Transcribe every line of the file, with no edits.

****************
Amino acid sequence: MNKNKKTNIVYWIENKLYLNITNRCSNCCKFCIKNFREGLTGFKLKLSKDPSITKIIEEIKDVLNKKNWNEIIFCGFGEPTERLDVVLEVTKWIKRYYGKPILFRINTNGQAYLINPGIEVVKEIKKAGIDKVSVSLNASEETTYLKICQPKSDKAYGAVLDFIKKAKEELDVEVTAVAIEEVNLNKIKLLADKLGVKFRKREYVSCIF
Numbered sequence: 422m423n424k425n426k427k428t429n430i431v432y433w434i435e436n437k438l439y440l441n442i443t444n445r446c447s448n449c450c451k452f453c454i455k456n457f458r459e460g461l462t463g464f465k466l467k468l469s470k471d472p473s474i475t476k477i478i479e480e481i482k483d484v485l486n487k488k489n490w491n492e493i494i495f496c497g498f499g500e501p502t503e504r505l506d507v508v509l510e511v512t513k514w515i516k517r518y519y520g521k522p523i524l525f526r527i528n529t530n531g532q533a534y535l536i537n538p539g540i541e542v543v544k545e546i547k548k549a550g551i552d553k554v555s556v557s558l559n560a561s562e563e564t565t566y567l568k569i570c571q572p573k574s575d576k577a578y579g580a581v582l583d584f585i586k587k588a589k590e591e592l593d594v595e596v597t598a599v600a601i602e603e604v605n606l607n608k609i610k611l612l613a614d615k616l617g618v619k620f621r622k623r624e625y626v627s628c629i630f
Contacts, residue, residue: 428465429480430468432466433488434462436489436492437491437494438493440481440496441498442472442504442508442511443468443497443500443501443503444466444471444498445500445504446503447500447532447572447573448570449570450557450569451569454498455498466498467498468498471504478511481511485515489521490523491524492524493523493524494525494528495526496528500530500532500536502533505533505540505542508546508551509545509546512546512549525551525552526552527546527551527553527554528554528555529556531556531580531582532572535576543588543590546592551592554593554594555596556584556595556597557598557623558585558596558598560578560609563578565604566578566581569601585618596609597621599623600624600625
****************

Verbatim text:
Amino acid sequence: MNKNKKTNIVYWIENKLYLNITNRCSNCCKFCIKNFREGLTGFKLKLSKDPSITKIIEEIKDVLNKKNWNEIIFCGFGEPTERLDVVLEVTKWIKRYYGKPILFRINTNGQAYLINPGIEVVKEIKKAGIDKVSVSLNASEETTYLKICQPKSDKAYGAVLDFIKKAKEELDVEVTAVAIEEVNLNKIKLLADKLGVKFRKREYVSCIF
Numbered sequence: 422m423n424k425n426k427k428t429n430i431v432y433w434i435e436n437k438l439y440l441n442i443t444n445r446c447s448n449c450c451k452f453c454i455k456n457f458r459e460g461l462t463g464f465k466l467k468l469s470k471d472p473s474i475t476k477i478i479e480e481i482k483d484v485l486n487k488k489n490w491n492e493i494i495f496c497g498f499g500e501p502t503e504r505l506d507v508v509l510e511v512t513k514w515i516k517r518y519y520g521k522p523i524l525f526r527i528n529t530n531g532q533a534y535l536i537n538p539g540i541e542v543v544k545e546i547k548k549a550g551i552d553k554v555s556v557s558l559n560a561s562e563e564t565t566y567l568k569i570c571q572p573k574s575d576k577a578y579g580a581v582l583d584f585i586k587k588a589k590e591e592l593d594v595e596v597t598a599v600a601i602e603e604v605n606l607n608k609i610k611l612l613a614d615k616l617g618v619k620f621r622k623r624e625y626v627s628c629i630f
Contacts, residue, residue: 428465429480430468432466433488434462436489436492437491437494438493440481440496441498442472442504442508442511443468443497443500443501443503444466444471444498445500445504446503447500447532447572447573448570449570450557450569451569454498455498466498467498468498471504478511481511485515489521490523491524492524493523493524494525494528495526496528500530500532500536502533505533505540505542508546508551509545509546512546512549525551525552526552527546527551527553527554528554528555529556531556531580531582532572535576543588543590546592551592554593554594555596556584556595556597557598557623558585558596558598560578560609563578565604566578566581569601585618596609597621599623600624600625